Keep Looking, Don't Settle

An interesting random walk question and simulation 02


If we flip a coin, we will have 50% of chance getting head and 50% of chance getting tail. The question is: how many numbers of time shall we flip to get 3 consecutive heads?

The question should also be asked with confidence. Before that, let's change it to a math question.

We know \(P(H) = 0.5\) and \(P(T) = 0.5\). Each flip is \(i.i.d.\). So it is easy to know that the probability that we get 3 consecutive Head is:

\begin{aligned} & P(\mbox{3 consecutive Head}) \\ & = P(H) \times P(H) \times P(H) \\ & = \frac{1}{2} \times \frac{1}{2} \times \frac{1}{2} \\ & = \frac{1}{8} \end{aligned}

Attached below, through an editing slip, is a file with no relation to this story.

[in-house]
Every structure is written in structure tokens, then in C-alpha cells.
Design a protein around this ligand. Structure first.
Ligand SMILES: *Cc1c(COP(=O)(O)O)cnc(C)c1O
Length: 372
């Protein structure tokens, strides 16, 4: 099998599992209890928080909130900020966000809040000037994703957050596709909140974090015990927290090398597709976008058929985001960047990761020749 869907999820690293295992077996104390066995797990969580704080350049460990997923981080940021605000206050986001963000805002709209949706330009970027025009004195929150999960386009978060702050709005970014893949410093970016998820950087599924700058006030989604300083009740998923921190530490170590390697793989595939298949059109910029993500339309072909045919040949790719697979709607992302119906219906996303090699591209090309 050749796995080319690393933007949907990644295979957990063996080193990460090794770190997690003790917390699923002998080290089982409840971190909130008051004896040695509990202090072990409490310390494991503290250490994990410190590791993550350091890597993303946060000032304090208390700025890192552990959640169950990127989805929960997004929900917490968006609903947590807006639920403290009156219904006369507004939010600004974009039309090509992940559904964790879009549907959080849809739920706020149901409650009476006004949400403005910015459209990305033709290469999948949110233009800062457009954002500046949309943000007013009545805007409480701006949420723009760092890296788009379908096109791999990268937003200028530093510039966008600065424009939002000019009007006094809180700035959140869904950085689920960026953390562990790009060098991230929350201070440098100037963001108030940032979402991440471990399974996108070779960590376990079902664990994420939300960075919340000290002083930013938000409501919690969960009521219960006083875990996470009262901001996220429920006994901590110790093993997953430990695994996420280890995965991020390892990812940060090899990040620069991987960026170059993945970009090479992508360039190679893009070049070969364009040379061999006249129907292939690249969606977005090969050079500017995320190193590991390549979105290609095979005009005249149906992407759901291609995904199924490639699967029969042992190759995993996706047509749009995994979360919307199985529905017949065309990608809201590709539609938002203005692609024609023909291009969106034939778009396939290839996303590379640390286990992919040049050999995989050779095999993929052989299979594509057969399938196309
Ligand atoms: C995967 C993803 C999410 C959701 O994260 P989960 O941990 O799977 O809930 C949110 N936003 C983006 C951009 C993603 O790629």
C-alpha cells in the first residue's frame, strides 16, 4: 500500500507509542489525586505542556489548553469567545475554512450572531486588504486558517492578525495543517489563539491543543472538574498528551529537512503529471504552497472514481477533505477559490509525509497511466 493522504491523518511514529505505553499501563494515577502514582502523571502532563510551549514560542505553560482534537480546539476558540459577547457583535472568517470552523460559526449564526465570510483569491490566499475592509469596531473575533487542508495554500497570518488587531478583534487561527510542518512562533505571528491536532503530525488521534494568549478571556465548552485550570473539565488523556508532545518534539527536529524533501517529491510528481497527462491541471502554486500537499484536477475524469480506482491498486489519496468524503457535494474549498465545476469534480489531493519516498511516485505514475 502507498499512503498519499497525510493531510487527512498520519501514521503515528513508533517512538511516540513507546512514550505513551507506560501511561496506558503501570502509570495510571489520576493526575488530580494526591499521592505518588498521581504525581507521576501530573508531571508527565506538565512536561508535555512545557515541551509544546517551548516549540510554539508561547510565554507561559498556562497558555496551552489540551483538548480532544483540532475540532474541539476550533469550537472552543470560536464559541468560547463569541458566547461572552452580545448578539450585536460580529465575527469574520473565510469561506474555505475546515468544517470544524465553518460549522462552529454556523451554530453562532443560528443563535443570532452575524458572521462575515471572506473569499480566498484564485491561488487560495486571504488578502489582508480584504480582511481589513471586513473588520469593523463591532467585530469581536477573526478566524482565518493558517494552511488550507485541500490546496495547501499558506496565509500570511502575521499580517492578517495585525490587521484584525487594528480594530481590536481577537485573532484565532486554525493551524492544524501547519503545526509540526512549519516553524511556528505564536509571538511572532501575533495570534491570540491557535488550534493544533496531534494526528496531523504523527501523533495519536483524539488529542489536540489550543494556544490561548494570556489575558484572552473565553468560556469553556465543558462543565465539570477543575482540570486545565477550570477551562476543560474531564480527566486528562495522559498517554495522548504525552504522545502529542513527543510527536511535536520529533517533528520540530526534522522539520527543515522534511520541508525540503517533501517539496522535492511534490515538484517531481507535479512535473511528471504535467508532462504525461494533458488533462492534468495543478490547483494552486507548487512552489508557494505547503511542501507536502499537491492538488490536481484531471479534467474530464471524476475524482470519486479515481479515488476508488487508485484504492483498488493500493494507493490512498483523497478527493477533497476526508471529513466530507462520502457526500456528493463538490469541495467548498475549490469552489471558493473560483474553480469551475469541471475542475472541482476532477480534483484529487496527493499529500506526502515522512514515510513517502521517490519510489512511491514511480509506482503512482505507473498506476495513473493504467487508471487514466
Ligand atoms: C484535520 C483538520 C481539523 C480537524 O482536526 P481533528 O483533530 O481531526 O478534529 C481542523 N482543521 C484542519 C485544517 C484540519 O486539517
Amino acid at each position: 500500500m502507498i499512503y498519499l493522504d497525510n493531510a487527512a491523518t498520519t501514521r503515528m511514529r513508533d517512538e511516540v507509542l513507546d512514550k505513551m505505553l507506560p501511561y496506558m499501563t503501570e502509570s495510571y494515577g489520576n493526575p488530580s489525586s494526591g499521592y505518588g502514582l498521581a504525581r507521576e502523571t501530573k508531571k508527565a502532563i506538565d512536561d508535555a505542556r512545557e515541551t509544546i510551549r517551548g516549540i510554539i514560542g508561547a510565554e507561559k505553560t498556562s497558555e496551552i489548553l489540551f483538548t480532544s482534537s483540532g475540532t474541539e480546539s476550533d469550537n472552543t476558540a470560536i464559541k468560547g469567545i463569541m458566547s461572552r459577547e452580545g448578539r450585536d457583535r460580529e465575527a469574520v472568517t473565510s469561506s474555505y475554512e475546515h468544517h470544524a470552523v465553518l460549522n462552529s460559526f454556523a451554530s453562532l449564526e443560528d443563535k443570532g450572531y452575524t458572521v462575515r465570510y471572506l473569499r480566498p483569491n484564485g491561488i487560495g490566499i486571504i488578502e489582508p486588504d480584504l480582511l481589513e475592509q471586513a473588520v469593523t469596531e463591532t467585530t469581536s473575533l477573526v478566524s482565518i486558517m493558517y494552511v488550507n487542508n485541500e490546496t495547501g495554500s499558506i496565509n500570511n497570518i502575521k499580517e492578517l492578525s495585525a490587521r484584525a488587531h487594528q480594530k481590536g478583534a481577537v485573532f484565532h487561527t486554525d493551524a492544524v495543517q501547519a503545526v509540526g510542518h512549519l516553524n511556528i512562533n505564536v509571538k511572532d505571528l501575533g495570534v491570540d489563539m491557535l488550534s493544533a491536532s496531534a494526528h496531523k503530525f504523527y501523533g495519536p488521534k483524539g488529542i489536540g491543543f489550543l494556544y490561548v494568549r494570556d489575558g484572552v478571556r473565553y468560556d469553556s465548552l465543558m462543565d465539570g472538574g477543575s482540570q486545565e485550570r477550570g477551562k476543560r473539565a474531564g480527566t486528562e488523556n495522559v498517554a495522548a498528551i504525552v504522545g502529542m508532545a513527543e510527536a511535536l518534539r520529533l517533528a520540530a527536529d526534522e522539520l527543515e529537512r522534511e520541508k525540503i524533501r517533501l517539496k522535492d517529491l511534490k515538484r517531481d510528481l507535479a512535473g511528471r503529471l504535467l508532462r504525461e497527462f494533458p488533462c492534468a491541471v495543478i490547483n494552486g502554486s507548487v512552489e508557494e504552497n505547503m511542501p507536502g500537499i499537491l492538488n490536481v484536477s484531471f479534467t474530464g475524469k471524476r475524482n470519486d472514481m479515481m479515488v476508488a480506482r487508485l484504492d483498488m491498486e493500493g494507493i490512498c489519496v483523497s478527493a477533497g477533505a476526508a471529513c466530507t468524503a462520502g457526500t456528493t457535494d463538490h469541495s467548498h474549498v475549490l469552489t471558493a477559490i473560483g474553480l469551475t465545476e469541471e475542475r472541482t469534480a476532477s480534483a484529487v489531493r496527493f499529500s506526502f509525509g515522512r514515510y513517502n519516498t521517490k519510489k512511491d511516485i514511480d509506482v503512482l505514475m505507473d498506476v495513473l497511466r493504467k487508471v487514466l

But the question is not asking about the probability. It is asking about how many times we need to flip to get 3 consecutive heads.

I try to write the distribution of the random variable but I cannot right now. So I did a simple simulation to estimate it. In the same way, I will ask the question as how many times shall I flip to get 3 consecutive heads with 90% confidence? The answer I got is 18.

import numpy as np

def test():
    i = 1
    while True:
        x = np.random.randint(0, 2, 3)
        xsum = x.sum()
        if xsum == 3:
            return i
        i += 1

res = []
for j in range(10000):

res = np.array(res)
np.percentile(res, 90)

And the average number of flips to get 3 consecutive heads is 8, which is consistent with our feeling because the probability of get this event is \(\frac{1}{8}\).